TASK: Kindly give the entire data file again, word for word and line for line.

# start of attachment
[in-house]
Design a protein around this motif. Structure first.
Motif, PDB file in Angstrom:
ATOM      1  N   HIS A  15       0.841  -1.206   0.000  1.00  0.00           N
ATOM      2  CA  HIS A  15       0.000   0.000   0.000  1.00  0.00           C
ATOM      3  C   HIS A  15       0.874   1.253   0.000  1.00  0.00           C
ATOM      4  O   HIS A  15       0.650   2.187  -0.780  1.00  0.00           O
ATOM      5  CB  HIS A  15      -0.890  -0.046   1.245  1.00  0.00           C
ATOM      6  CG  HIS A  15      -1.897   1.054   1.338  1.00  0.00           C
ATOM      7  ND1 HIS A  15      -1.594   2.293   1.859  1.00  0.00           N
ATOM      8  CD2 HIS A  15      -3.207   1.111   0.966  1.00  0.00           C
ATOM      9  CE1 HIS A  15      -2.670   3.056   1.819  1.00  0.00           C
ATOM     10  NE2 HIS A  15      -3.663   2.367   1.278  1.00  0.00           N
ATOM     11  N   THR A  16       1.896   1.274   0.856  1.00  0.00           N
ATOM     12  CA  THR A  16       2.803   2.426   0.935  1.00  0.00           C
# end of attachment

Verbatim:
[in-house]
Design a protein around this motif. Structure first.
Motif, PDB file in Angstrom:
ATOM      1  N   HIS A  15       0.841  -1.206   0.000  1.00  0.00           N
ATOM      2  CA  HIS A  15       0.000   0.000   0.000  1.00  0.00           C
ATOM      3  C   HIS A  15       0.874   1.253   0.000  1.00  0.00           C
ATOM      4  O   HIS A  15       0.650   2.187  -0.780  1.00  0.00           O
ATOM      5  CB  HIS A  15      -0.890  -0.046   1.245  1.00  0.00           C
ATOM      6  CG  HIS A  15      -1.897   1.054   1.338  1.00  0.00           C
ATOM      7  ND1 HIS A  15      -1.594   2.293   1.859  1.00  0.00           N
ATOM      8  CD2 HIS A  15      -3.207   1.111   0.966  1.00  0.00           C
ATOM      9  CE1 HIS A  15      -2.670   3.056   1.819  1.00  0.00           C
ATOM     10  NE2 HIS A  15      -3.663   2.367   1.278  1.00  0.00           N
ATOM     11  N   THR A  16       1.896   1.274   0.856  1.00  0.00           N
ATOM     12  CA  THR A  16       2.803   2.426   0.935  1.00  0.00           C